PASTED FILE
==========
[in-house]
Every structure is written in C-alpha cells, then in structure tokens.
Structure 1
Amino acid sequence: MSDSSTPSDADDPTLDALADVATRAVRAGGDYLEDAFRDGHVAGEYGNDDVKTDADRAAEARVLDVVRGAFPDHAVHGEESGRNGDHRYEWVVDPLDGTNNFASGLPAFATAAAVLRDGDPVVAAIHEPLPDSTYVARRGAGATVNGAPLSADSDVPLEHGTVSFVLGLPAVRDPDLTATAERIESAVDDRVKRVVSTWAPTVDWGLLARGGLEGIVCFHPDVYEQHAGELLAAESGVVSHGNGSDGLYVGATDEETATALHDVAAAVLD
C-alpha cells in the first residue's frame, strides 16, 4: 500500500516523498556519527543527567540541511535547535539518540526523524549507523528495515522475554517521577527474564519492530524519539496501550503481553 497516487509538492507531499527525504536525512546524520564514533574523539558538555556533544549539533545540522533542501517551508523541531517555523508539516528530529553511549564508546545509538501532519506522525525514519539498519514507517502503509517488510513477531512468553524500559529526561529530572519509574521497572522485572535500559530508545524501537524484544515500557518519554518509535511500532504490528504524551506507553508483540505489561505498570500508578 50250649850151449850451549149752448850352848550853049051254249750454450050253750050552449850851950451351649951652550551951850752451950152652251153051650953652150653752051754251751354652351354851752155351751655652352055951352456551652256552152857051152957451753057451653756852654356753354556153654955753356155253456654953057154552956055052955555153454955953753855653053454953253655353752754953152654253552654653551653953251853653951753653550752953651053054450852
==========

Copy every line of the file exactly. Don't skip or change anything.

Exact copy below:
[in-house]
Every structure is written in C-alpha cells, then in structure tokens.
Structure 1
Amino acid sequence: MSDSSTPSDADDPTLDALADVATRAVRAGGDYLEDAFRDGHVAGEYGNDDVKTDADRAAEARVLDVVRGAFPDHAVHGEESGRNGDHRYEWVVDPLDGTNNFASGLPAFATAAAVLRDGDPVVAAIHEPLPDSTYVARRGAGATVNGAPLSADSDVPLEHGTVSFVLGLPAVRDPDLTATAERIESAVDDRVKRVVSTWAPTVDWGLLARGGLEGIVCFHPDVYEQHAGELLAAESGVVSHGNGSDGLYVGATDEETATALHDVAAAVLD
C-alpha cells in the first residue's frame, strides 16, 4: 500500500516523498556519527543527567540541511535547535539518540526523524549507523528495515522475554517521577527474564519492530524519539496501550503481553 497516487509538492507531499527525504536525512546524520564514533574523539558538555556533544549539533545540522533542501517551508523541531517555523508539516528530529553511549564508546545509538501532519506522525525514519539498519514507517502503509517488510513477531512468553524500559529526561529530572519509574521497572522485572535500559530508545524501537524484544515500557518519554518509535511500532504490528504524551506507553508483540505489561505498570500508578 50250649850151449850451549149752448850352848550853049051254249750454450050253750050552449850851950451351649951652550551951850752451950152652251153051650953652150653752051754251751354652351354851752155351751655652352055951352456551652256552152857051152957451753057451653756852654356753354556153654955753356155253456654953057154552956055052955555153454955953753855653053454953253655353752754953152654253552654653551653953251853653951753653550752953651053054450852